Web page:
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Producer Licensing Coalition Urges Delay on Fingerprinting Model

A coalition of industry trade associations including PIA, along with insurance carriers, met Tuesday, April 22, 2003 in Alexandria, Virginia to review the status of...
April 29, 2003

A coalition of industry trade associations including PIA, along with insurance carriers, met Tuesday, April 22, 2003 in Alexandria, Virginia to review the status of implementation of the NAIC's Producer Licensing Model Act and discuss options for achieving greater uniformity across state lines. Of particular concern is the NAIC draft model fingerprinting act that the Uniform Producer Licensing Working Group unveiled at its March 2003 meeting. This model would give states authority to require fingerprints from producers as part of the licensing and renewal process and to access the FBI criminal background databases using the fingerprints.

Coalition members had many of the same concerns as PIA, including the lack of specificity on issues such as confidentiality, scope of information accessible to the state authority, and procedural safeguards. (See PIA National Newsline, April 14, 2003) The Coalition is urging the NAIC to defer any action on the model until the Working Group and interested parties have had the opportunity to meet and discuss the several deficiencies in the bill.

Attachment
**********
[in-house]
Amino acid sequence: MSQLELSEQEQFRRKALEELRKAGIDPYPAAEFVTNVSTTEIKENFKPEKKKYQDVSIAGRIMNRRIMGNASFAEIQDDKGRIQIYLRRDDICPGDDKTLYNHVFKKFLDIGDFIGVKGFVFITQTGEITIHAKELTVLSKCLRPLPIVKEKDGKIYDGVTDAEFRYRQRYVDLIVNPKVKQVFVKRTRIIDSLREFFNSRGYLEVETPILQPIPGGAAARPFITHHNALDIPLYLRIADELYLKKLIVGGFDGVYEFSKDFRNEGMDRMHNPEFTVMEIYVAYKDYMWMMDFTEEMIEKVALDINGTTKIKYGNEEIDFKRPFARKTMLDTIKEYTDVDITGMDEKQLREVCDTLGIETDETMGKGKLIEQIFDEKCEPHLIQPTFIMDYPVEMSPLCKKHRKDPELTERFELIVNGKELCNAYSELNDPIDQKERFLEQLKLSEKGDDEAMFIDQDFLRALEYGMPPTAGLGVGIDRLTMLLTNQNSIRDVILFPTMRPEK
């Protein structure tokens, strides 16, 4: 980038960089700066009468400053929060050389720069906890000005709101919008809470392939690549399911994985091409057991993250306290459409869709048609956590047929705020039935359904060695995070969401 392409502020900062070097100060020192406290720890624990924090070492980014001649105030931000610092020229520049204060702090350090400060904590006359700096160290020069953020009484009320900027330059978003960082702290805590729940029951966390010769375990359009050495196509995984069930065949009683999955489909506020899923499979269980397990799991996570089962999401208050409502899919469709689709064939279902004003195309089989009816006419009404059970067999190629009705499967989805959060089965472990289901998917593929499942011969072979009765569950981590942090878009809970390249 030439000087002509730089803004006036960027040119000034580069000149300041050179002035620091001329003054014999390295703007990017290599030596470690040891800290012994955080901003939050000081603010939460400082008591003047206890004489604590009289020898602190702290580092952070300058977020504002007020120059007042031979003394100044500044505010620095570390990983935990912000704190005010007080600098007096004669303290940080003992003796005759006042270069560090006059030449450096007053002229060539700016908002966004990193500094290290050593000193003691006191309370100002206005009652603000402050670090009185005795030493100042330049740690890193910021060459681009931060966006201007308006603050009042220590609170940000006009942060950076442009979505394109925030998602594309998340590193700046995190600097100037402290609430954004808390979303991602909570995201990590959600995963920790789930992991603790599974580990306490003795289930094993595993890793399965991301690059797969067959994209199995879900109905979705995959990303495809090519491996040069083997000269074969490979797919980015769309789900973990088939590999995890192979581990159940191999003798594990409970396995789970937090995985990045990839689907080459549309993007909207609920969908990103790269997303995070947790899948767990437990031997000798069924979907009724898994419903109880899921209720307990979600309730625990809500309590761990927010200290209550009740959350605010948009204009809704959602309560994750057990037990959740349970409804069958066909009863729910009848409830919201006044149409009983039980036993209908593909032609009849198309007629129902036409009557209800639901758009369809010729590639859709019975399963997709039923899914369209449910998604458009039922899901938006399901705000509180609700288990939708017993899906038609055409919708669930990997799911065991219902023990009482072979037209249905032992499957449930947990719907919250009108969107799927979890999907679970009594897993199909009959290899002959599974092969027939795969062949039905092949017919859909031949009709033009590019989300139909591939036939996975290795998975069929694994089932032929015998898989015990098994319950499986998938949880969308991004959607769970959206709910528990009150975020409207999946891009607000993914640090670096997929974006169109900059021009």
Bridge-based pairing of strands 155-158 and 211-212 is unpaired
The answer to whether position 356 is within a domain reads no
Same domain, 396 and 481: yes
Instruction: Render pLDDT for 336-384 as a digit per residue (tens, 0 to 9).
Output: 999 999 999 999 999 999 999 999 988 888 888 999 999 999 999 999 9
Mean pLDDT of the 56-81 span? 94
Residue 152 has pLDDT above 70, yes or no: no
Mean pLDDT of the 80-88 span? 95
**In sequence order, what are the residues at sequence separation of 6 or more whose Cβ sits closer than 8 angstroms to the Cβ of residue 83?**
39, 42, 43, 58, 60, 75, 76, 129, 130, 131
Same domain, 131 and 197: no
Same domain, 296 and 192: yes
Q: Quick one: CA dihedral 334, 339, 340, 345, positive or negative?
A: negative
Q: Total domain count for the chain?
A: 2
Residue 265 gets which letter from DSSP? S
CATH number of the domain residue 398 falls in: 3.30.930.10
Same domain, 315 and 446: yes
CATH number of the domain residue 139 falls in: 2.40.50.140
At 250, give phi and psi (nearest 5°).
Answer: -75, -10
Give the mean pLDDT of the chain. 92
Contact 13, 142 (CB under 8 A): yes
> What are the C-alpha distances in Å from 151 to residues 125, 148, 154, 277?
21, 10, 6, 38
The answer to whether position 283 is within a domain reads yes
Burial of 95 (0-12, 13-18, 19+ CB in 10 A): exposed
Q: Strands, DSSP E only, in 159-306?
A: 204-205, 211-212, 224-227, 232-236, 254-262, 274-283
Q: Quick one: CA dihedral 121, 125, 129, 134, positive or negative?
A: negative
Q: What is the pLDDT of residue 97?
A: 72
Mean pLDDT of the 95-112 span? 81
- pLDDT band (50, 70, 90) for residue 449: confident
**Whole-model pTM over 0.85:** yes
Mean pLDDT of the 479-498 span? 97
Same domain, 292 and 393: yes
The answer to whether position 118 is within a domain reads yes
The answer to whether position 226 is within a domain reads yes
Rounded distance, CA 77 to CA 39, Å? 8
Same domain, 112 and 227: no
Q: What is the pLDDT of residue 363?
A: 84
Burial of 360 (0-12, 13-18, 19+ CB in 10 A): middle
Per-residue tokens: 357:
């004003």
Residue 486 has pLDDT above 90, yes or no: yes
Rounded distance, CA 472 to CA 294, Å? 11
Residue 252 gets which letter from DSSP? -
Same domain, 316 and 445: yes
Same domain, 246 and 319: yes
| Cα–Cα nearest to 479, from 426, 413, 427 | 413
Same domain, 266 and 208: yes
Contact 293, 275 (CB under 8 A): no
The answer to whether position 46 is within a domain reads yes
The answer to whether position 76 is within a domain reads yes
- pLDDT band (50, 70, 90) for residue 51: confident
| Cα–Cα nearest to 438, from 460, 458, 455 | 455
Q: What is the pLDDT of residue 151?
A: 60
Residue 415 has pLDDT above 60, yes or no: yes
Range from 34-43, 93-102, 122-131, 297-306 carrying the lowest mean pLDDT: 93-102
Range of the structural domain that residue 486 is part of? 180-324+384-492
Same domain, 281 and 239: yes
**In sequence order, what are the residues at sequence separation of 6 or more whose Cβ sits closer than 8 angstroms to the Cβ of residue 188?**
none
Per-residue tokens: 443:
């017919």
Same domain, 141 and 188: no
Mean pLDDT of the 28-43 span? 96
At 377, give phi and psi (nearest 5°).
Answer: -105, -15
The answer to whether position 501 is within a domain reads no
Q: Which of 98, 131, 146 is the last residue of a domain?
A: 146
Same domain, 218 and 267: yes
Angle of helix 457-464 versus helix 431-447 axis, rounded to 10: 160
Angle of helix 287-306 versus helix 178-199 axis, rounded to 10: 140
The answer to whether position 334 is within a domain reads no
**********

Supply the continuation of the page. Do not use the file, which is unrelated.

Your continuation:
What It Means to Agents:  The industry coalition recognizes that the NAIC, as the presumed functional insurance regulator under GLBA, is being pressured by other functional regulators to conduct more thorough background checks, utilizing the FBI criminal background check databases. NAIC and most of the states currently lack authority to access those databases. Congress could grant such authority. The House Financial Services Committee will take up such a bill only if the Senate promises that it, too, will attempt to pass such a bill. As yet, the Senate has been uninterested.

In the absence of federal action, any state-by-state action to obtain such authority must be done after careful review of the needs of the state and the rights of the affected individual agency and carrier officials.

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